When you’ve decided that you want to start learning how to play guitar, you obviously need a guitar on which to learn how to play.
Choosing your first guitar is one of the most important decisions you can make. After all – Not all entry-level guitars are created equal! Some guitars better than others, and some aren’t even worth comparing!
While introductory types of guitars can get a bad rap, that shouldn’t stop you. If you buy a low-quality instrument, does that mean you won’t be able to learn how to play? Not necessarily. However, if you end up not liking the guitar you’re trying to learn to play on, you might be likely to lose motivation to continue playing and your dreams of being a guitar god will just be a memory.
Playing guitar is a great way to express your creativity, so you owe it to yourself to learn how to play on a quality instrument – even if you are working on a budget.
Since you obviously can’t go out and buy the most expensive top-of-the-line instrument out there, we’ll help you make the right decisions to choose a guitar that will be more affordable.
Here are three tips on how to choose a guitar that you won’t regret:
Depends on the Music You Listen to:
Your first step in choosing a guitar is to decide what type of guitar you want to play. This will largely depend on what type of music you enjoy the most and what type of sound you’ll want to be associated with.
For example: If you want to play high-speed death metal or sound like Stone Sour, then a classical guitar isn’t going to do you much good. You’ll want a great electric guitar.
If you want to sound like Jack Johnson or Dave Matthews, an acoustic guitar should be your obvious choice.
Another consideration if you decide to go with an electric guitar is how you plan to amplify the sound of your instrument. Many beginning electric guitars are sold packaged with a beginners guitar amp. If you want to sound like your favorite rock bands, you’re going to want to have an amp with an overdrive channel or buy a separate distortion pedal to create crunchy rhythm sounds or sustained lead guitar lines.
Pay Attention to the Quality of Construction
The next thing you’ll want to do to choose the right guitar is to inspect the instrument very carefully for quality. Pay attention to the type of wood that is used to construct the guitar because it affects both the durability of the guitar and the sound produced.
For acoustic guitars, you’ll want a guitar made from mahogany or curly maple with either a spruce or cedar top. Make sure you solid wood and not plywood.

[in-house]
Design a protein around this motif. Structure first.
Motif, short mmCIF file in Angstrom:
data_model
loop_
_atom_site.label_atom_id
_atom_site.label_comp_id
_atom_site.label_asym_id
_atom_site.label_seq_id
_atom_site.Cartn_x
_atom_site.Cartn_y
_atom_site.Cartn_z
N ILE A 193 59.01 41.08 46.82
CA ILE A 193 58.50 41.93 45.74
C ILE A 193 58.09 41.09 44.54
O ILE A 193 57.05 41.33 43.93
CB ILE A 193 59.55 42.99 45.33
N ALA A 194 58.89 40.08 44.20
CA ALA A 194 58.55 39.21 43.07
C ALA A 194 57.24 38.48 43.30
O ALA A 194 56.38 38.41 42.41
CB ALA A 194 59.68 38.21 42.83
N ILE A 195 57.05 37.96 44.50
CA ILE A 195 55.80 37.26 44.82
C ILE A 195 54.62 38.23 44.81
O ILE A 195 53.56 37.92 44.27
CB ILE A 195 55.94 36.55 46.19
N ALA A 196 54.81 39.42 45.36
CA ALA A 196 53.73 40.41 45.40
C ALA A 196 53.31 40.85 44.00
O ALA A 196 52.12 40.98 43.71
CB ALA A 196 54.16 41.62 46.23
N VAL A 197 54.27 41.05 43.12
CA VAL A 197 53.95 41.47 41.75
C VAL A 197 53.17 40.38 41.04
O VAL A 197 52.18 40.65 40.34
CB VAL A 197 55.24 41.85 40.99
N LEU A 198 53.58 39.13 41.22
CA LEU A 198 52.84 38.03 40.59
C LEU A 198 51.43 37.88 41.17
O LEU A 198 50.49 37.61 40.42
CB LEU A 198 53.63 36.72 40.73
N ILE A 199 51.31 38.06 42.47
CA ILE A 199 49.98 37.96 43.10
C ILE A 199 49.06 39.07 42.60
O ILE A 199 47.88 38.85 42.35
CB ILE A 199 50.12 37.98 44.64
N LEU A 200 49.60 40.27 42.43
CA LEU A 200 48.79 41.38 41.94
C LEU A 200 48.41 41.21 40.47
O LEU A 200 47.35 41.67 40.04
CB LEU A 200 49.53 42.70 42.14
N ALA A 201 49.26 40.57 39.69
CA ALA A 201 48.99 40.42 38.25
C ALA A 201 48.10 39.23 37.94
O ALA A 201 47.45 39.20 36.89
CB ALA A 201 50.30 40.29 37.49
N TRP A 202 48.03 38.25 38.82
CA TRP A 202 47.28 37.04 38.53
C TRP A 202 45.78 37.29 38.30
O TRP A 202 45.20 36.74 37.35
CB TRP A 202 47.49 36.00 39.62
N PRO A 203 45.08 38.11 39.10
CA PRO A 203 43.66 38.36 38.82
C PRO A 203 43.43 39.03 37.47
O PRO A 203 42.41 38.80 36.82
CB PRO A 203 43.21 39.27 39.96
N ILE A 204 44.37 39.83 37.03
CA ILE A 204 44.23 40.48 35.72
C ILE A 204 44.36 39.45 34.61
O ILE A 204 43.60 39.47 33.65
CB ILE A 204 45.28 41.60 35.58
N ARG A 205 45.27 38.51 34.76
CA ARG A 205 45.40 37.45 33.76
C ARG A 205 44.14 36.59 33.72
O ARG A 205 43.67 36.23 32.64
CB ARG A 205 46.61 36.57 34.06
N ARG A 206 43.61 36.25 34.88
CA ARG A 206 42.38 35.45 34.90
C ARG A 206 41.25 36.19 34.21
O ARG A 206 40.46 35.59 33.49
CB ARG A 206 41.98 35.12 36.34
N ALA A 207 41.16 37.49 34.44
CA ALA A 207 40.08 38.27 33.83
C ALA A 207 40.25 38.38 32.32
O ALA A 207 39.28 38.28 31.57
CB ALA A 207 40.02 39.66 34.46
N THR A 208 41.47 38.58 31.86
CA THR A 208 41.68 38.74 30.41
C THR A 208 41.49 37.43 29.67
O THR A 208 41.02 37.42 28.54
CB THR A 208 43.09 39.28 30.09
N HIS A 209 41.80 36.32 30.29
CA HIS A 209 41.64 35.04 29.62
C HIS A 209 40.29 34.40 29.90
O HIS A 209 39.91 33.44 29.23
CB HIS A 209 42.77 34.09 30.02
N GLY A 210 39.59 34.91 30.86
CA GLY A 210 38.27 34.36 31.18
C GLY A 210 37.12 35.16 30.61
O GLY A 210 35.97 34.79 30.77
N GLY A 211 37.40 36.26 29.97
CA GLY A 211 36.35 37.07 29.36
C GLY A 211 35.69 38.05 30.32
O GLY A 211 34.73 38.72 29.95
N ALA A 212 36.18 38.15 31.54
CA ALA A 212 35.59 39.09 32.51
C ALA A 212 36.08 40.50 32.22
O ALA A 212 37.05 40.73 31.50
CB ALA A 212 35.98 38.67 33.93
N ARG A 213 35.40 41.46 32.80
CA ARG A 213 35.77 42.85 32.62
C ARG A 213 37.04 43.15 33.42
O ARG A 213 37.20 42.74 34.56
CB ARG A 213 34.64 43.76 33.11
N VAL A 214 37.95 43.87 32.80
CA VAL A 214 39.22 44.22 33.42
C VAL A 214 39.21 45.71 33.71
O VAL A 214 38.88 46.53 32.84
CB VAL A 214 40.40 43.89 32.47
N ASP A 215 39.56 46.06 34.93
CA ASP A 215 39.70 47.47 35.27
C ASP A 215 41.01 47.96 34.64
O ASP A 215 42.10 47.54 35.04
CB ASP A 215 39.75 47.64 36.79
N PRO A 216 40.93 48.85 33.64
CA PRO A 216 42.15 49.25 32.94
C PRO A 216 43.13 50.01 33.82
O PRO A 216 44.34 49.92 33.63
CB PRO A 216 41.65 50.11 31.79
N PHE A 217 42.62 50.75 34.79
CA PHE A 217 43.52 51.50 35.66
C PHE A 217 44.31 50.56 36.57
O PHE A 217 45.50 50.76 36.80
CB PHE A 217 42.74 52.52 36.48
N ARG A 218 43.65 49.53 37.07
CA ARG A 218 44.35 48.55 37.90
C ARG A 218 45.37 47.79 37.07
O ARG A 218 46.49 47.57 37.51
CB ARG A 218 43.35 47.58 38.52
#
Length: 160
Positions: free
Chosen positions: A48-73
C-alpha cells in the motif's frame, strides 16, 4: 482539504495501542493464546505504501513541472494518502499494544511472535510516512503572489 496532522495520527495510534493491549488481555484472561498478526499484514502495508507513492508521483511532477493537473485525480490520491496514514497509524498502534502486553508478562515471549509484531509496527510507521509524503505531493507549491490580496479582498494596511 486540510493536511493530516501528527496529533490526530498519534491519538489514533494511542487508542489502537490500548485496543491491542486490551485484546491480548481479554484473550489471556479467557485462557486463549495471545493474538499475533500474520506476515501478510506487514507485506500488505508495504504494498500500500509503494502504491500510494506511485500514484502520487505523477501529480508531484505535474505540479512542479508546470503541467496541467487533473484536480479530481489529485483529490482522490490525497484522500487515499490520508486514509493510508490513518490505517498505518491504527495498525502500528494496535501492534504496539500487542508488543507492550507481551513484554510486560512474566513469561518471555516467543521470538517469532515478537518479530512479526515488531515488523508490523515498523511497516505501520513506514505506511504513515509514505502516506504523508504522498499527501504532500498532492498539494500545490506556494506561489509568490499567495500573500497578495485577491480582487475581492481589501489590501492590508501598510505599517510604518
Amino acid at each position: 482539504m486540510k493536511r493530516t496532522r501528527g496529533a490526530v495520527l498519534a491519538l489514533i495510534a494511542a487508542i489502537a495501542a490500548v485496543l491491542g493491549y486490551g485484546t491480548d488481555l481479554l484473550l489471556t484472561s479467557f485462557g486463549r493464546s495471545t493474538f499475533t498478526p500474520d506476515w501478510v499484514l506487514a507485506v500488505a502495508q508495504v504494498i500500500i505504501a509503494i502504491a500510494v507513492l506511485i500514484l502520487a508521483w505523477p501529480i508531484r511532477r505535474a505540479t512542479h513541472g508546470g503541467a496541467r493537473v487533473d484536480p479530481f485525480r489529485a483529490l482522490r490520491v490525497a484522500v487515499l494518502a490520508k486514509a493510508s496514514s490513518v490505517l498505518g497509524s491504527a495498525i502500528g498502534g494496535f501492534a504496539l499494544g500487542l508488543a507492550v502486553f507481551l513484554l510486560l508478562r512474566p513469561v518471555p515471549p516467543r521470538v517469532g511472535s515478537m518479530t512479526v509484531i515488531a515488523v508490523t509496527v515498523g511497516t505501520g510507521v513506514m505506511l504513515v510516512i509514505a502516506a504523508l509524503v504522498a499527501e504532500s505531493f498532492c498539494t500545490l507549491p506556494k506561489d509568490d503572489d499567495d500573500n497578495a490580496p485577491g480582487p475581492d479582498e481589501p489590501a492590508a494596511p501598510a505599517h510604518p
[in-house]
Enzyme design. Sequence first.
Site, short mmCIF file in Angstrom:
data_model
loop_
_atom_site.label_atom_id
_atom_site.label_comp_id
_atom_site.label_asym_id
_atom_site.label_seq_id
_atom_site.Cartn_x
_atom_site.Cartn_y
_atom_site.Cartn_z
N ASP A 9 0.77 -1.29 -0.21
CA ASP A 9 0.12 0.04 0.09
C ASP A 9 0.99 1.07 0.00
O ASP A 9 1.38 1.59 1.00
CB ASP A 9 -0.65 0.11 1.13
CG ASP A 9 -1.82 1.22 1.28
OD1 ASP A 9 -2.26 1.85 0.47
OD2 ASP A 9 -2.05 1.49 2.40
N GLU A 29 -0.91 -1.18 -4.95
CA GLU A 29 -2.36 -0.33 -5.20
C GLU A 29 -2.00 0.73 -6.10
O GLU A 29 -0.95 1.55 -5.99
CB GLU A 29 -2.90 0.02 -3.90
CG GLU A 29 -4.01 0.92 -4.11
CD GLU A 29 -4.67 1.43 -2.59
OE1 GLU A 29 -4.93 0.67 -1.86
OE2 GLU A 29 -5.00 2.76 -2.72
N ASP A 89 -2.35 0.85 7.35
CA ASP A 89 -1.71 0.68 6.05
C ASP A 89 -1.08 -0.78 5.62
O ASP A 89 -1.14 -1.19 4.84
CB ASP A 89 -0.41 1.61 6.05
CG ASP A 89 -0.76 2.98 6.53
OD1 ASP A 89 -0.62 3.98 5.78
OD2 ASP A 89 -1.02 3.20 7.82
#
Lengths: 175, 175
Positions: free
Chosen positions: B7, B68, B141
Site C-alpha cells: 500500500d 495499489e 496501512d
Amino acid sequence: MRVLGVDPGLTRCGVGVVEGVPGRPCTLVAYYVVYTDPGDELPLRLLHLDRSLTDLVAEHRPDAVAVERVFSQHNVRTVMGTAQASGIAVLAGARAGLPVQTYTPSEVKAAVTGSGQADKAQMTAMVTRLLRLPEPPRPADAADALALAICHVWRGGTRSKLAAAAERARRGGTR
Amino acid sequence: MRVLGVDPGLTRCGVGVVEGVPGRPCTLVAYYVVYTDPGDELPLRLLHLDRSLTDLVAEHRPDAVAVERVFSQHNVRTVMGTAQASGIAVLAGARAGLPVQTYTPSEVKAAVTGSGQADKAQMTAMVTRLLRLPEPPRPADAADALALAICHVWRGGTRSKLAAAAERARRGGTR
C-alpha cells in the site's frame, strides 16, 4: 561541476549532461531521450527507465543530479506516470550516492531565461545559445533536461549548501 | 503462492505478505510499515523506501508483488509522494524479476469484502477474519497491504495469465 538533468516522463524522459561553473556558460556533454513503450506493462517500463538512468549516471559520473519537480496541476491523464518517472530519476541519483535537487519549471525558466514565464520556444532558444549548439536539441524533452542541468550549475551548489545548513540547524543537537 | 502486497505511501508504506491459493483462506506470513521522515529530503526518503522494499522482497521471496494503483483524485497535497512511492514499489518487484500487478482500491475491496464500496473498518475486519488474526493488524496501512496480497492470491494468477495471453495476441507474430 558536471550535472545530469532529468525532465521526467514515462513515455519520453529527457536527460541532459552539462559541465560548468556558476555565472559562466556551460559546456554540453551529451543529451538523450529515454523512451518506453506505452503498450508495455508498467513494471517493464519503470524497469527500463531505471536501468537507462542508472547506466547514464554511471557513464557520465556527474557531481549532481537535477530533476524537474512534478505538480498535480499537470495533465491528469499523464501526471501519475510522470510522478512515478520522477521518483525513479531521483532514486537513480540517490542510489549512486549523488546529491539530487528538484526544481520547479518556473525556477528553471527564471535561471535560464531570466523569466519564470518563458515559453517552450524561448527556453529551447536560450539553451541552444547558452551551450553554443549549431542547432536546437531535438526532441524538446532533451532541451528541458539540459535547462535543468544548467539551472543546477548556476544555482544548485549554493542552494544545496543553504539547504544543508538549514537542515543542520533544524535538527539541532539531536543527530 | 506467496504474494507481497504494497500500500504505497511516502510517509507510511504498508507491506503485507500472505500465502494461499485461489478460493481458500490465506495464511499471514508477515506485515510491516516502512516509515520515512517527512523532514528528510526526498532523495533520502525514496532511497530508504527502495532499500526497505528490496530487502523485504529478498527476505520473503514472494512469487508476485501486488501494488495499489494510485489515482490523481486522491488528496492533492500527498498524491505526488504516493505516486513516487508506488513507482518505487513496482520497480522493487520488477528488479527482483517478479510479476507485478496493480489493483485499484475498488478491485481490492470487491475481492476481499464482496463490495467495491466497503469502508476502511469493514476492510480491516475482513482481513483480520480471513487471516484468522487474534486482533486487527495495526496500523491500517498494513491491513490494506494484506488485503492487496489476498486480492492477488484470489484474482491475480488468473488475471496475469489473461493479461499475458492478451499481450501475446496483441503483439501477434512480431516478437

For electric guitars, you’ll want a guitar made from a solid hard wood, such as maple, ash, or walnut. Again, make sure you have solid wood over plywood because the sound of your guitar will be much better.
There are other construction considerations you’ll want to take into account when choosing a guitar.
- Is the neck securely fastened to the body?
- Does the guitar have a double action truss rod?
- Speaking of the neck and truss rod, you’ll definitely want to make sure that the guitar neck isn’t warped.
- Do the tuning machines function properly and do they appear to be of a good quality?
- What about the electronics?
If you’re playing an electric guitar or an acoustic or classical guitar that has electronics, be sure to play it through a guitar amp to see how well the electronics sound.
When you’re considering how to choose a guitar, you don’t want to choose a guitar based on brand name alone, but do realize that the more established the brand name of a guitar is, the more likely it is to be a quality instrument. If you find a guitar that you think looks good, but you’ve never heard of the brand, do some research before purchasing the guitar. Find out if you’ll be getting a quality instrument.
Finding a Design You’re Excited About:
Though not as important as the construction, most guitar players want a guitar that “looks cool”. After all, who wants to be embarrassed when they go on stage?
Flying VS Guitar
When you like the guitar you’re playing, you’re more likely to be motivated to keep playing it. What kind of color scheme do you want? If you’re playing an electric guitar, what body style do you want to play? Les Paul-style? Stratocaster style? There are a number of body styles to choose from, but make sure you pick on that you could see yourself playing for years. That Flying V might look cool to you when you’re first starting out, but what happens when it loses it’s an appeal? What kind of finish do you want in an acoustic or classical guitar?
Learning how to play the guitar is exciting, but the feeling of purchasing your first guitar is incredible. For a guitar player, it’s like a rite of passage. You owe it to yourself to find a quality instrument by following these tips on how to choose a guitar
Whether you’ve been playing the guitar for several years or even just a few days, there’s nothing quite like the thrill of buying a new guitar.